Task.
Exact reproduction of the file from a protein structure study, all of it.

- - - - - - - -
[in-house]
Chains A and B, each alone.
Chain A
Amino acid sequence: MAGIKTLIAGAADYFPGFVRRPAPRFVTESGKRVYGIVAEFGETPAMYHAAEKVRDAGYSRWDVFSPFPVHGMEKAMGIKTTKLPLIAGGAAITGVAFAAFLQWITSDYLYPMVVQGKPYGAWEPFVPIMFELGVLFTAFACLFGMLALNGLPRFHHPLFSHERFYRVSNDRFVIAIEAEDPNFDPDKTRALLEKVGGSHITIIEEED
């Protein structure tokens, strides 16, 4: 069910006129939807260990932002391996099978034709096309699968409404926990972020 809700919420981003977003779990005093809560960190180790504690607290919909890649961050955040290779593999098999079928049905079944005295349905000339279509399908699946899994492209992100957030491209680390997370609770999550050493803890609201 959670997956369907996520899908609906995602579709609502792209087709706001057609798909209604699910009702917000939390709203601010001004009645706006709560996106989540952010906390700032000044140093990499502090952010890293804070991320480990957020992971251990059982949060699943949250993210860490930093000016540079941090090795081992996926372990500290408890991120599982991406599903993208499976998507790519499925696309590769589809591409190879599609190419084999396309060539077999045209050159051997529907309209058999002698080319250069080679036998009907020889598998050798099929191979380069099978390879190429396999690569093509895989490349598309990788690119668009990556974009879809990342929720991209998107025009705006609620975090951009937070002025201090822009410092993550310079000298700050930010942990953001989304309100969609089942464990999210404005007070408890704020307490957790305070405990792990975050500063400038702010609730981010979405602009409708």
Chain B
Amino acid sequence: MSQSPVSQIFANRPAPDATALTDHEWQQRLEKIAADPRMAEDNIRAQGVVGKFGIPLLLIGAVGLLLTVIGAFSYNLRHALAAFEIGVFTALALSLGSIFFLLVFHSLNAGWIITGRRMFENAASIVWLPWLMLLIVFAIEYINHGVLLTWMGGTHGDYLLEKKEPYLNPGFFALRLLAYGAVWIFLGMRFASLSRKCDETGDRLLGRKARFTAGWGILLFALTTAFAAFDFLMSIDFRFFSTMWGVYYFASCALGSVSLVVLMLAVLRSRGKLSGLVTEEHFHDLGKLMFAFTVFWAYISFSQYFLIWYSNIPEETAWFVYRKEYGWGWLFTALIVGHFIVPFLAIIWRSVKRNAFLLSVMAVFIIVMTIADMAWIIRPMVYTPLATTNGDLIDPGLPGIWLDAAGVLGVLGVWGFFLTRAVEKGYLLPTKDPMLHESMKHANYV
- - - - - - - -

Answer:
[in-house]
Chains A and B, each alone.
Chain A
Amino acid sequence: MAGIKTLIAGAADYFPGFVRRPAPRFVTESGKRVYGIVAEFGETPAMYHAAEKVRDAGYSRWDVFSPFPVHGMEKAMGIKTTKLPLIAGGAAITGVAFAAFLQWITSDYLYPMVVQGKPYGAWEPFVPIMFELGVLFTAFACLFGMLALNGLPRFHHPLFSHERFYRVSNDRFVIAIEAEDPNFDPDKTRALLEKVGGSHITIIEEED
């Protein structure tokens, strides 16, 4: 069910006129939807260990932002391996099978034709096309699968409404926990972020 809700919420981003977003779990005093809560960190180790504690607290919909890649961050955040290779593999098999079928049905079944005295349905000339279509399908699946899994492209992100957030491209680390997370609770999550050493803890609201 959670997956369907996520899908609906995602579709609502792209087709706001057609798909209604699910009702917000939390709203601010001004009645706006709560996106989540952010906390700032000044140093990499502090952010890293804070991320480990957020992971251990059982949060699943949250993210860490930093000016540079941090090795081992996926372990500290408890991120599982991406599903993208499976998507790519499925696309590769589809591409190879599609190419084999396309060539077999045209050159051997529907309209058999002698080319250069080679036998009907020889598998050798099929191979380069099978390879190429396999690569093509895989490349598309990788690119668009990556974009879809990342929720991209998107025009705006609620975090951009937070002025201090822009410092993550310079000298700050930010942990953001989304309100969609089942464990999210404005007070408890704020307490957790305070405990792990975050500063400038702010609730981010979405602009409708």
Chain B
Amino acid sequence: MSQSPVSQIFANRPAPDATALTDHEWQQRLEKIAADPRMAEDNIRAQGVVGKFGIPLLLIGAVGLLLTVIGAFSYNLRHALAAFEIGVFTALALSLGSIFFLLVFHSLNAGWIITGRRMFENAASIVWLPWLMLLIVFAIEYINHGVLLTWMGGTHGDYLLEKKEPYLNPGFFALRLLAYGAVWIFLGMRFASLSRKCDETGDRLLGRKARFTAGWGILLFALTTAFAAFDFLMSIDFRFFSTMWGVYYFASCALGSVSLVVLMLAVLRSRGKLSGLVTEEHFHDLGKLMFAFTVFWAYISFSQYFLIWYSNIPEETAWFVYRKEYGWGWLFTALIVGHFIVPFLAIIWRSVKRNAFLLSVMAVFIIVMTIADMAWIIRPMVYTPLATTNGDLIDPGLPGIWLDAAGVLGVLGVWGFFLTRAVEKGYLLPTKDPMLHESMKHANYV